The Mega Millions has topped $1 billion and Powerball is at $800 million. These are the odds you’re facing.



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If you think the odds of hitting a jackpot on a slot machine in Las Vegas are a longshot, you might want to skip buying a lottery ticket this week.

The Mega Millions jackpot has crossed the $1 billion line after the lottery once again failed to find a winner Friday night. The jackpot now stands at $1.1 billion, with an estimated cash option of $525.8 million. The Powerball lottery, meanwhile, currently stands at a not-too-shabby $800 million.

Sweet right? Problem is, the chances of winning are well beyond long.

Let’s go back to that jackpot victory on the one-armed bandit in Vegas. On the tightest slot machine in Vegas, the chances of winning the top prize are about one in 34 million. The odds of winning Mega Millions are nearly nine times higher than that.

Lottery officials say the chances of winning the Mega Millions jackpot are 1 in 302,575,350. With the Powerball, the odds of taking the grand prize are 1 in 292,201,338.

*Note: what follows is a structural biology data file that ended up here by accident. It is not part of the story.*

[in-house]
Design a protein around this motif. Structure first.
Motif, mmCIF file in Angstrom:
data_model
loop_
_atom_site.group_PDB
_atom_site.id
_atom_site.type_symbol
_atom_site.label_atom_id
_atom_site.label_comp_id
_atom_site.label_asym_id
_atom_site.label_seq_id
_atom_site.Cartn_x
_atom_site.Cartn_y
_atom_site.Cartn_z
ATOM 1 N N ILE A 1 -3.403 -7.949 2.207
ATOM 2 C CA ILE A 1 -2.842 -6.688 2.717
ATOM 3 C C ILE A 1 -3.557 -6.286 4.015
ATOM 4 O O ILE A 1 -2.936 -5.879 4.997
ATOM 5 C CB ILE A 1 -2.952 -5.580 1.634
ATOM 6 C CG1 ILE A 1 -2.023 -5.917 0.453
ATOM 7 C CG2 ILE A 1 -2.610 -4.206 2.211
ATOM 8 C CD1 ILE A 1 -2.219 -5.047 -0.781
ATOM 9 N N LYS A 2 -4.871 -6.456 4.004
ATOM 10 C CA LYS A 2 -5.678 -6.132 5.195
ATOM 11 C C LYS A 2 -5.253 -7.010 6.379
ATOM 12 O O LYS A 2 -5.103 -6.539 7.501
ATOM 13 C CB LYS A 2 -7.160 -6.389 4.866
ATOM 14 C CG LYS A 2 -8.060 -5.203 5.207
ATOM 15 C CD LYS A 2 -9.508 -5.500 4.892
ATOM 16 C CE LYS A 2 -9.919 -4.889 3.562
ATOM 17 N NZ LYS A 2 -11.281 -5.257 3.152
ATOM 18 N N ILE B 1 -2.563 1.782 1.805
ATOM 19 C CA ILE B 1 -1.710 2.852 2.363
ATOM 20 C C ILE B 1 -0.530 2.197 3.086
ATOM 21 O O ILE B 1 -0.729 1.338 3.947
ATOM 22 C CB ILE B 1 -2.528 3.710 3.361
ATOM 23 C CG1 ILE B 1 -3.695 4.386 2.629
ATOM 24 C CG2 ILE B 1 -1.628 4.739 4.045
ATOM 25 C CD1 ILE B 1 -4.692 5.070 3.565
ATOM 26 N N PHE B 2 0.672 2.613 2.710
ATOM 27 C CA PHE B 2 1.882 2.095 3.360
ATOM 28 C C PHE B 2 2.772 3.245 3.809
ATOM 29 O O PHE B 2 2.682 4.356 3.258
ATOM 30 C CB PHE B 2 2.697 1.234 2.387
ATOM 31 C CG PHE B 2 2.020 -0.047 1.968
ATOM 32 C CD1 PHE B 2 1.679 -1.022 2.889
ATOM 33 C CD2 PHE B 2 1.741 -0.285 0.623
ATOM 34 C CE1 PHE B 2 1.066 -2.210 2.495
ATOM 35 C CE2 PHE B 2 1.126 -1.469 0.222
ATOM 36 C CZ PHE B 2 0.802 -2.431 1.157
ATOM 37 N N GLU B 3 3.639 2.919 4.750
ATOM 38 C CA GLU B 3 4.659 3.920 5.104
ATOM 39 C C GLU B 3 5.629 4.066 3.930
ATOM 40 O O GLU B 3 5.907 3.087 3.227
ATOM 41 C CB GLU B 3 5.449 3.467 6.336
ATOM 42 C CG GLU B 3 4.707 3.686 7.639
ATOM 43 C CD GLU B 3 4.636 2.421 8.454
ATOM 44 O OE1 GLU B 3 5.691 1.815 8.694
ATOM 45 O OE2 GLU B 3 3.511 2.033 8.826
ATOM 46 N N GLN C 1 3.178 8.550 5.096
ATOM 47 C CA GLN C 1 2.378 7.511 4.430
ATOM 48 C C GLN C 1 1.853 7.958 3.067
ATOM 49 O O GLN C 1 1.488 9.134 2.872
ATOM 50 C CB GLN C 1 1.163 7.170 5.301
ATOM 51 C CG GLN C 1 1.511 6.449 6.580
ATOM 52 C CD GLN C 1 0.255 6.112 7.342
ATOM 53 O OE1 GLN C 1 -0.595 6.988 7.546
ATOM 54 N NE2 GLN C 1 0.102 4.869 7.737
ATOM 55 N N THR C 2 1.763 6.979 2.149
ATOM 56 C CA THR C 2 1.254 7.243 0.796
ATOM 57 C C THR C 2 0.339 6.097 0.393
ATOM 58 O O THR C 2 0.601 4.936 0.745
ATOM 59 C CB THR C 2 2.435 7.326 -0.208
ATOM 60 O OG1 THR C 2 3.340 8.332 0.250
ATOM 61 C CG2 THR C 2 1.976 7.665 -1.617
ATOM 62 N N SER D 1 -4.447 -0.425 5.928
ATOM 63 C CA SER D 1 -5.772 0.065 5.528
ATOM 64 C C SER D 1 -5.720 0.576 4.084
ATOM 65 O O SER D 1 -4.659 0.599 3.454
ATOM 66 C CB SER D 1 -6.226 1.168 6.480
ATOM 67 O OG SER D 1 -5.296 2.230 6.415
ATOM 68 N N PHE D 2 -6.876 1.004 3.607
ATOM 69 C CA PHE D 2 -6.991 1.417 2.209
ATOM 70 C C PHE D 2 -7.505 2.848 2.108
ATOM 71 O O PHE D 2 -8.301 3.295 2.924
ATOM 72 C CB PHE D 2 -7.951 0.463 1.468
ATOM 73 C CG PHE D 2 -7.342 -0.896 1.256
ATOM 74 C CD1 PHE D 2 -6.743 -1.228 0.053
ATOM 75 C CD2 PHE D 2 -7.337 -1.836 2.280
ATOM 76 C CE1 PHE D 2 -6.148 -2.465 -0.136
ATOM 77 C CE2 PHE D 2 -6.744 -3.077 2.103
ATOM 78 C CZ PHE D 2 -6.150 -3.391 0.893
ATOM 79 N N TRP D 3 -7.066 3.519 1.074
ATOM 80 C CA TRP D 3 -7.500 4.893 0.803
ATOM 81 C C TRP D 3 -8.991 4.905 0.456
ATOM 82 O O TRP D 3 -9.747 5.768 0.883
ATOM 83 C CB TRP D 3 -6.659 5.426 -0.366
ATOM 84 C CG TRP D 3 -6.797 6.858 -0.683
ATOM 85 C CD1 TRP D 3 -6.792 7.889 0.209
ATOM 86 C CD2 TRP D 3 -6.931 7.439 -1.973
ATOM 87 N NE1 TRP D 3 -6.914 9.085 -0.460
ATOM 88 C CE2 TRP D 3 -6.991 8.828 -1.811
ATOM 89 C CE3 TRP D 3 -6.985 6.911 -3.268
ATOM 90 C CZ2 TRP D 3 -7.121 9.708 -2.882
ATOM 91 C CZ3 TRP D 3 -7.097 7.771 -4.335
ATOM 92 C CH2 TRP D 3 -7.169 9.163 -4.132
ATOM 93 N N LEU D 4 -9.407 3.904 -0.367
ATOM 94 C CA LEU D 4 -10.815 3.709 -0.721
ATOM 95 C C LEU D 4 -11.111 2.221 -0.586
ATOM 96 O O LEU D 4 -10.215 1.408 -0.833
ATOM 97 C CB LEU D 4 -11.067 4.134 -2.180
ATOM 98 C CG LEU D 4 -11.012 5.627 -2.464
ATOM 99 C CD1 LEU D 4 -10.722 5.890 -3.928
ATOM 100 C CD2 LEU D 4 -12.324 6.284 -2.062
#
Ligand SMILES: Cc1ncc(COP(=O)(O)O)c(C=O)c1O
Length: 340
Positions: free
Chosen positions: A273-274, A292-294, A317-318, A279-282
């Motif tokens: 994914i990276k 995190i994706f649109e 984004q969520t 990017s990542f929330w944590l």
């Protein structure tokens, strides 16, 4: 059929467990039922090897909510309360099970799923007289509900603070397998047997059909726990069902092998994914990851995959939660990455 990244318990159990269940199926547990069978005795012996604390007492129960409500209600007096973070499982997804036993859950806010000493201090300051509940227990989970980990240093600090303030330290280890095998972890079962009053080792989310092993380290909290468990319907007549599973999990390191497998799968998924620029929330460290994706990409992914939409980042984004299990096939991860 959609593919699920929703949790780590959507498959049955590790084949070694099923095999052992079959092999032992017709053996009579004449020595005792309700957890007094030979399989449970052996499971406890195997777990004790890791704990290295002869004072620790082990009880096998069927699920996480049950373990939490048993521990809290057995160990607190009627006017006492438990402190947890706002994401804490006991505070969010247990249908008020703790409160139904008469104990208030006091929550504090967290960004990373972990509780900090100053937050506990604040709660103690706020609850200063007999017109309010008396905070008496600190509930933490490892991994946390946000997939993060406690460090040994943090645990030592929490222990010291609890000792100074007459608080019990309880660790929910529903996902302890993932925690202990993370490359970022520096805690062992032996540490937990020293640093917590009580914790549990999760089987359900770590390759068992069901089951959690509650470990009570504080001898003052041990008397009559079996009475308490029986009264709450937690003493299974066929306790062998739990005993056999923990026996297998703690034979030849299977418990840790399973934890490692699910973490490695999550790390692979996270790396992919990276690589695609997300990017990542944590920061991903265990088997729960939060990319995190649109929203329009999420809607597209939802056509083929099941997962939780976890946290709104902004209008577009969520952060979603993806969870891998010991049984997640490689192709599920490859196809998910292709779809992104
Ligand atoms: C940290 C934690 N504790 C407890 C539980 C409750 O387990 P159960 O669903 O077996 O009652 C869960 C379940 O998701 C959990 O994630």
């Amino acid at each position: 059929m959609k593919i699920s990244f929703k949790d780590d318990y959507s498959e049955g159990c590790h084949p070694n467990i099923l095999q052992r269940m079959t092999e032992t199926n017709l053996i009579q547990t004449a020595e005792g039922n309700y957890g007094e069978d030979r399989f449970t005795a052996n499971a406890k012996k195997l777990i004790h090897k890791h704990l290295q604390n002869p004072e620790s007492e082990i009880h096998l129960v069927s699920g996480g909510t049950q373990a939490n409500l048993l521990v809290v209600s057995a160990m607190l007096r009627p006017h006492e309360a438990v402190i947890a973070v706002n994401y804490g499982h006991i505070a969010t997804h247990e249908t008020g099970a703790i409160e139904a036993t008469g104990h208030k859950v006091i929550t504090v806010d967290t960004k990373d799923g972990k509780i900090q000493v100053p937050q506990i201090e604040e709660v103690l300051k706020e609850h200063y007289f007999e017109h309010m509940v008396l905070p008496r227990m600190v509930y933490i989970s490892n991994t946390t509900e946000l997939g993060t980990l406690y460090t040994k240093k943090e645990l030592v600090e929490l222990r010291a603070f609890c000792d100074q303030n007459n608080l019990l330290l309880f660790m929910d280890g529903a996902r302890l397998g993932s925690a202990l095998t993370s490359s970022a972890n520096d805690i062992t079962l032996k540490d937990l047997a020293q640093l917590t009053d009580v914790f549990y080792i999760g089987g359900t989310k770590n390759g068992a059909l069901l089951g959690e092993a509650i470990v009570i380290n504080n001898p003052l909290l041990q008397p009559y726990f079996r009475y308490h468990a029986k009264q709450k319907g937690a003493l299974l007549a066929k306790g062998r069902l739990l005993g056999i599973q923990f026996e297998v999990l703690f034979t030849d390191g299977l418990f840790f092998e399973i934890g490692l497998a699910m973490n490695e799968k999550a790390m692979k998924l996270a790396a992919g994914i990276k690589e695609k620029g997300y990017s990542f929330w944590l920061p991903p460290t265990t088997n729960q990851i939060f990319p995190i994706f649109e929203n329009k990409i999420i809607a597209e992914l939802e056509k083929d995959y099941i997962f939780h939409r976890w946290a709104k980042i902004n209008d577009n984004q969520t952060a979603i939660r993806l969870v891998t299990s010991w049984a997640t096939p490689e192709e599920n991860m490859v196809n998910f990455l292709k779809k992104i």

Numbers that big are impossible to wrap your brain around, though. So let’s put that into a bit of context.

The 1980 U.S. Men’s hockey team victory over the U.S.S.R – the “Miracle on Ice” – only had odds of 1,000 to one.

Your odds of being struck by lightning this year are 1 in 1.5 million, according to the National Oceanic and Atmospheric Administration.

You’ve got a one in 1,600,000 chance of dying from a local meteorite, asteroid, or comet impact, according to a 2014 paper by Tulane University earth sciences professor Stephen A. Nelson.

The odds of being killed by a shark are 1 in 3,748,067.

The chances of you dying in a Grand Canyon flash flood stand at 1 in 14,270,000, according to The Book of Odds.

Even if you really show up the oddsmakers and make three consecutive holes in one the next time you hit the links, it still won’t put you close to your chances of winning Powerball. Your chances of a phenomenally successful day on the greens currently stand at ‘just’ 156,250,000 to 1.

But let’s not end this on a down note. Last year, a high school freshman managed to sink three hole in ones in a single day. So miracles do happen. They’re just exceedingly rare.

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